There is no electricity, running water, or WiFi unless you have a smartphone with MTN.
Learn how to make crafts, gather flowers for dye-making, a weaving of blankets, visit a school, meet a village elder, and observe life in an African Village.
Ruboni Village in the Rwenzori Mountain Foothill – Uganda:
The Village of Ruboni is home to the Bakonzo People, the keepers of the Rwenzori Mountains of the Moon. The place to stay is either the Ruboni Community Camp, right in the Village, or the upmarket Snow at the Equator Lodge. You experience what village life is like for Uganda’s Mountain People from either accommodation.
You can even take dancing and drumming lessons here, walk through the Village and meet the traditional healer, a blacksmith making tools like in the old days. Food preparation for today’s meal. At dinner, see the cultural dancers and drummers perform at sunset. You can take Drumming and Dancing Lessons at a minimal cost.
Be taken to the forest where you learn how to fish with your hands while you see primates, birds, and the three-horned Chameleons found here—Ruboni Villageted near Fort Portal, Kibale Forest, and Queen Elizabeth Park.
Ruboni is an off-the-beaten-tourist track unless you plan to climb the Rwenzori Mountains. It is a working Village – Visitors come here, but not in droves. It is an off-the-beaten tourist path location.
Nshenyi Cultural Village – on the Border with Tanzania-Rwanda in Uganda:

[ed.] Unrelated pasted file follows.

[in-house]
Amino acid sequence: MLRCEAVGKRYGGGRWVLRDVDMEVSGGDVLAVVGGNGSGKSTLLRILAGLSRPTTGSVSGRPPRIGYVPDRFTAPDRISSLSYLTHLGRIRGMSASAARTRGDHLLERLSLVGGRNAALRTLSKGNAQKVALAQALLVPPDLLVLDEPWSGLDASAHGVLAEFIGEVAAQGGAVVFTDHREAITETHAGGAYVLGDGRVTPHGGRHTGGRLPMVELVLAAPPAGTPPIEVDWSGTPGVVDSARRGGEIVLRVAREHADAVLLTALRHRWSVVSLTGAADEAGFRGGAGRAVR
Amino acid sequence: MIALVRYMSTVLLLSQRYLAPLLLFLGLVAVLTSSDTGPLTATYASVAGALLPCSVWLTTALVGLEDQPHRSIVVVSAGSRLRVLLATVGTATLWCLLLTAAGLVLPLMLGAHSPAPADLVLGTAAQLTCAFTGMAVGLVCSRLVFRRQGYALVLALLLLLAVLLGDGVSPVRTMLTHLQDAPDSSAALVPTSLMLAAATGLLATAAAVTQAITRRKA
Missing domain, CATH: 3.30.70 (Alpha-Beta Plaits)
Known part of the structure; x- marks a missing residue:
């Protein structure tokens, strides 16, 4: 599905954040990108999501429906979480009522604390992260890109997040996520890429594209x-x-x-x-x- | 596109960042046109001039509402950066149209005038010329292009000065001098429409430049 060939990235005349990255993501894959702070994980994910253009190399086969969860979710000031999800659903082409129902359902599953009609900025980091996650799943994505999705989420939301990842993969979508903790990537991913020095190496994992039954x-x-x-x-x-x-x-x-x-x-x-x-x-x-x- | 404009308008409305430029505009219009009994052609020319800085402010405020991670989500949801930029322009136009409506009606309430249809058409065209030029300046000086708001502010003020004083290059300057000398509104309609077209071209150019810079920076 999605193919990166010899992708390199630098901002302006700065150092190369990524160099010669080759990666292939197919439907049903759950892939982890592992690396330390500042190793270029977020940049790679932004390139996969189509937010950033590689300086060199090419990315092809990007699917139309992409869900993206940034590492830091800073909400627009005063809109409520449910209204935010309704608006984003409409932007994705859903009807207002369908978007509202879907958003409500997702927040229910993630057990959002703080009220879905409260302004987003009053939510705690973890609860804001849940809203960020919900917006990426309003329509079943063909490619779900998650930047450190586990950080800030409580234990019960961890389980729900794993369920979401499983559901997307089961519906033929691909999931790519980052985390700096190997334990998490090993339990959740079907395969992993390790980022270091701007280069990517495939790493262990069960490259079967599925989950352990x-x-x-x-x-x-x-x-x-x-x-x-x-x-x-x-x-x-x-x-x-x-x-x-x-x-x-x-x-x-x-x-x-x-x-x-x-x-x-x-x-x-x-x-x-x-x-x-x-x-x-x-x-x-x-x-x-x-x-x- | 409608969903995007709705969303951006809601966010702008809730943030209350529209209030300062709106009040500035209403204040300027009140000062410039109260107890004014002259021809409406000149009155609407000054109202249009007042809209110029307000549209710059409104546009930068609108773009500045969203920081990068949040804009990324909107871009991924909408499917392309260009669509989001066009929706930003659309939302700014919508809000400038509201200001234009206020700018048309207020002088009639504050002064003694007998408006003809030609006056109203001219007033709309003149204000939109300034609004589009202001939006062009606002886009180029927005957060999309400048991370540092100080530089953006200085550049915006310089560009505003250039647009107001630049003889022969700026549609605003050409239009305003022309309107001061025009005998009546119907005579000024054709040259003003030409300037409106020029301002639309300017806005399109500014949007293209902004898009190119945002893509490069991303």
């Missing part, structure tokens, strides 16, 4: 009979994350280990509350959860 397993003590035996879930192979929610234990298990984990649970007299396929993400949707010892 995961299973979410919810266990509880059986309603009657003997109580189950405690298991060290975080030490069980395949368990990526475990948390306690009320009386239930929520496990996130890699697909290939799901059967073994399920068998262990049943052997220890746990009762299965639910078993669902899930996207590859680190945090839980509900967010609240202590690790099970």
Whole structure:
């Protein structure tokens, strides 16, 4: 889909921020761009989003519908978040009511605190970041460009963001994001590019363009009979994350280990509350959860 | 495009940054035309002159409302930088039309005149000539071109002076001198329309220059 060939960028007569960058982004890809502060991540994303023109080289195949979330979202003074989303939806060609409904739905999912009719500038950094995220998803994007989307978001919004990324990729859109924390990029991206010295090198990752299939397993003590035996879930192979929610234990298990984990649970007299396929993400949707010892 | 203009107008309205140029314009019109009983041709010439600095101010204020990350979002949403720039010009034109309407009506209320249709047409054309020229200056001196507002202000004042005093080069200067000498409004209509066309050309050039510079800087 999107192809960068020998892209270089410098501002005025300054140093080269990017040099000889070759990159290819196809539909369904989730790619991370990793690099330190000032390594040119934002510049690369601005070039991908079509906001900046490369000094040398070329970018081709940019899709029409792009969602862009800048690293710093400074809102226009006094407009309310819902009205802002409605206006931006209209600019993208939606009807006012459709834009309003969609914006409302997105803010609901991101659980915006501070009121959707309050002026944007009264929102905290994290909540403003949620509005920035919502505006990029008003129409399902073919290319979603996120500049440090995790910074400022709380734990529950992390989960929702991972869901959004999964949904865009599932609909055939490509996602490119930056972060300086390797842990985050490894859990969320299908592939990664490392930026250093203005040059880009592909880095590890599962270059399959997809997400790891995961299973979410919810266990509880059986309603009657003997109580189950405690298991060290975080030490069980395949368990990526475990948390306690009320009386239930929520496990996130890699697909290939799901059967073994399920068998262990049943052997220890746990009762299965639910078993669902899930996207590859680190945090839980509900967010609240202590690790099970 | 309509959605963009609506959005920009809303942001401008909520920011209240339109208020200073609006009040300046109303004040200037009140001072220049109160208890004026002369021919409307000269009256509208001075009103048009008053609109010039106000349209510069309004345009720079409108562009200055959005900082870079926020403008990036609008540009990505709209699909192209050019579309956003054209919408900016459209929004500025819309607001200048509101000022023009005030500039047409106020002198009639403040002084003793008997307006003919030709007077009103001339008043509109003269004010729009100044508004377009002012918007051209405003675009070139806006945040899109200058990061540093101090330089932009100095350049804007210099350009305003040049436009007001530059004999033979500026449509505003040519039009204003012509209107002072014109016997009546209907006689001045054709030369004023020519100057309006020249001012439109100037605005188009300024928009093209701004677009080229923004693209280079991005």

Nshenyi cultural Village is 3-hours from Mbarara Village. It is on the main road leading to the parks in Western Uganda, such as Queen Elizabeth Park, Bwindi Impenetrable Forest, and Mgahinga National Park.
It is a part of Uganda where the Ankole cow reigns supreme. It is an Ankole Cultural Village where the day starts early with milking and watching Ghee being made. Take a walk to the Rwandan or Tanzanian border, learn the traditional ways, stay in a traditional hut, and eat the area’s local food.
Most visitors have a delightful stay here in this African Village where you can visit a school, watch traditional dances, and see an abundance of birdlife.
Please, the Cultural Village was created to give Tourists an understanding of the Ankole Cattle Culture. If you are looking for comfort and everything you look for in a hotel, this is not the place; the rustic African style would be better to describe. Reviews on TripAdvisor are you, focusing on comfort, not the Cultural Experience. Authentic? Yes, but created for Tourism to show Ankole Traditions and Culture.
A visit with the Batwa People:
You can spend a day with the Batwa, the first people of Forest in Southwest Uganda. The Batwa are conservation refugees evicted from the Gorilla Parks in Uganda.
Today some of the Batwa are allowed to take you into their beloved forest, and you will see how they lived for thousands of years. It would be nice if the ethnic group became part of Gorilla Trekking in Uganda, and they have the potential to be great rangers guiding visitors into their forest.
They built no villages. They had no fields or gardens, and the forest was their source for everything they needed.
The Batwa people can teach us about living in harmony with nature. They left a low ecological footprint in their beloved forest.
A Visit with the Batwa is one of those must-do things in Uganda. Children eight years and older can do this, and it takes a bit of stamina.